In a much later interpolated detail, Ares put the youth Alectryon by his door to warn them of Helios' arrival, as Helios would tell Hephaestus of Aphrodite's infidelity if the two were discovered, but Alectryon fell asleep. Helios discovered the two and alerted Hephaestus. Ares was furious and turned Alectryon into a rooster, which now never forgets to announce the arrival of the sun in the morning. 1. ... For other uses, see Rooster (disambiguation). ...


Ares and the giants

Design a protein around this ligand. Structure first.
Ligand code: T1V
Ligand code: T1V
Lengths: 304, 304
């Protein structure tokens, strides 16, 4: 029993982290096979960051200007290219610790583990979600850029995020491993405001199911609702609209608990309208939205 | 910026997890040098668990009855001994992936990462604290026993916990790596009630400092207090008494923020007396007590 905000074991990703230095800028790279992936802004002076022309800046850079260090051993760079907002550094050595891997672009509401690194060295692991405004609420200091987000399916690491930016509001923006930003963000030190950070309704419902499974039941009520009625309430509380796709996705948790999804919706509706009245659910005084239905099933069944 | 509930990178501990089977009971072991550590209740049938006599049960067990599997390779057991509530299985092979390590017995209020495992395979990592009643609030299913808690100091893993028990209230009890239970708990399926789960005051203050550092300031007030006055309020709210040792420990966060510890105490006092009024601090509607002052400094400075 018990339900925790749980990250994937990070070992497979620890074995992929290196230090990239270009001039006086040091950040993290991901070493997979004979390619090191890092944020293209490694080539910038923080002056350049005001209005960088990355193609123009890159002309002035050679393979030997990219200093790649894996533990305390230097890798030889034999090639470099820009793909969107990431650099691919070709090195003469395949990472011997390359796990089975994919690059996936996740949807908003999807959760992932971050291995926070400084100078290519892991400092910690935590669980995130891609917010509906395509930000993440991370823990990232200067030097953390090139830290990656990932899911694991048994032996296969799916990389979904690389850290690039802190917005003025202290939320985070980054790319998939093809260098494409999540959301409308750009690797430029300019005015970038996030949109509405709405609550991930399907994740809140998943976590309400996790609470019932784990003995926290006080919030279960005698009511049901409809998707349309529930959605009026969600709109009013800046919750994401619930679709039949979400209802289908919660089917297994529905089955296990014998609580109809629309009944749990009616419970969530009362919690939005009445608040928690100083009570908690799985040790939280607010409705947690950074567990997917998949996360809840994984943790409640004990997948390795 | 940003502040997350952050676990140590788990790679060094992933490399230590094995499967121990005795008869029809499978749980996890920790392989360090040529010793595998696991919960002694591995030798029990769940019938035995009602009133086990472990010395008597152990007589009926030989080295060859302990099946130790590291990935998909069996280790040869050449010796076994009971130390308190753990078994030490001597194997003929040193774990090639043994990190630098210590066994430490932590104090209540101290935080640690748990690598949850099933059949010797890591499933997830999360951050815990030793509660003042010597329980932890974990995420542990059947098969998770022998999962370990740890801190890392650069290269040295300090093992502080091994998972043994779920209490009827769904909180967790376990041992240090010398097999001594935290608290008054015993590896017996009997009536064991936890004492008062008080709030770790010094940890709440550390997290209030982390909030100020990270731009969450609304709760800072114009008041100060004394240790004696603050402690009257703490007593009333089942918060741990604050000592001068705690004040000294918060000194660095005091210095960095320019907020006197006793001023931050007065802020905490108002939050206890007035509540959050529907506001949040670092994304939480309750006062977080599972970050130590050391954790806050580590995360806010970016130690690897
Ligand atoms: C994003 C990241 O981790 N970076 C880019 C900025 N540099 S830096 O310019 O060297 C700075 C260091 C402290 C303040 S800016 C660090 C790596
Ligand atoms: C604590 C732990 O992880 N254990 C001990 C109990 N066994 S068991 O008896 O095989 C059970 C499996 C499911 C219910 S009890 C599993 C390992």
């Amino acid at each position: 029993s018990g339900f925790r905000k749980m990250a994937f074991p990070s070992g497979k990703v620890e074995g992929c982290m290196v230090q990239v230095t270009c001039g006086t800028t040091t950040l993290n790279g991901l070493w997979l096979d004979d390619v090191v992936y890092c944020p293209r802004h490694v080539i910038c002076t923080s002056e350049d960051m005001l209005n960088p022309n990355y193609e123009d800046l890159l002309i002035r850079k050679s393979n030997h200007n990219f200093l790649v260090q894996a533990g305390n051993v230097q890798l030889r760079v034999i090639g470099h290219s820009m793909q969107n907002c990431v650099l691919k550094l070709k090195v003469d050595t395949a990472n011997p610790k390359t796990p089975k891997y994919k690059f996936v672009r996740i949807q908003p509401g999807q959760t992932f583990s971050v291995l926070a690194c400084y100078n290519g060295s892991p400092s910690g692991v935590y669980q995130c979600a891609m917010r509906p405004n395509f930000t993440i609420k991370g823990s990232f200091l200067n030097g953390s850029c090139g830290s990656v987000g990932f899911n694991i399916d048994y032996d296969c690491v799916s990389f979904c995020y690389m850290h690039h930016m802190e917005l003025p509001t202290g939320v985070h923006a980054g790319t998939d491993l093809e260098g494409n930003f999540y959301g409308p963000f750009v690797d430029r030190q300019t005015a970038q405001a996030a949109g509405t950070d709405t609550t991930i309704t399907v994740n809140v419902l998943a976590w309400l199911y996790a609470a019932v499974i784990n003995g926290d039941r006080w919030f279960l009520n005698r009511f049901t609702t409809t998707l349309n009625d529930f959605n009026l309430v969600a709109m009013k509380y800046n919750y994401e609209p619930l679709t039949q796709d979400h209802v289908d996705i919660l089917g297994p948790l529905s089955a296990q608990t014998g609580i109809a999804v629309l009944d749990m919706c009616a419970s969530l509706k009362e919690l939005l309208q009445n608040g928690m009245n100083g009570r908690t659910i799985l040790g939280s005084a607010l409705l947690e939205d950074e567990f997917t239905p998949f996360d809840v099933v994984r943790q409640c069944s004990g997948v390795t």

In one obscure archaic myth related in the Iliad by the goddess Dione to her daughter Aphrodite, two chthonic giants, the Aloadae, named Otus and Ephialtes, threw Ares into chains and put him in a bronze urn, where he remained for thirteen months, a lunar year. "And that would have been the end of Ares and his appetite for war, if the beautiful Eriboea, the young giants' stepmother, had not told Hermes what they had done," she related (Iliad 5.385–391). "In this one suspects a festival of licence which is unleashed in the thirteenth month."[4] Ares remained screaming and howling in the urn until Hermes rescued him and Artemis tricked the Aloadae into slaying each other. In Nonnus' Dionysiaca[11] Ares also killed Ekhidnades, the giant son of Echidna and a great enemy of the gods; it is not clear whether the nameless Ekhidnades ("of Echidna's lineage") was entirely Nonnus' invention or not. Dione in Greek mythology is a vague goddess presence who has her most concrete form in Book V of Homers Iliad as the mother of Aphrodite: Aphrodite journeys to Diones side after she has been wounded in battle while protecting her favorite son Aeneas. ... In Greek mythology, the Aloadae were Otus and Ephialtes or Ephialtis, sons of Iphimidea and Aloeus. ... Since there are about twelve lunations (synodic months) in a solar year, this period (354. ... For other uses, see Hermes (disambiguation). ... For other uses, see Artemis (disambiguation). ... The Greek epic poet Nonnus (Greek Nonnos), a native of Panopolis (Akhmim) in the Egyptian Thebaid, probably lived at the end of the 4th or the beginning of the 5th century AD. He produced the Dionysiaca, an epic tale of the god Dionysus, a paraphrase of the Gospel of John... Nonnus, Greek epic poet, a native of Panopolis (Akhmim) in the Egyptian Thebaid, probably lived at the end of the 4th or the beginning of the 5th century AD. His principal work is the Dionysiaca, an epic in forty-eight books, the main subject of which is the expedition of... For other senses of this word, see echidna (disambiguation). ...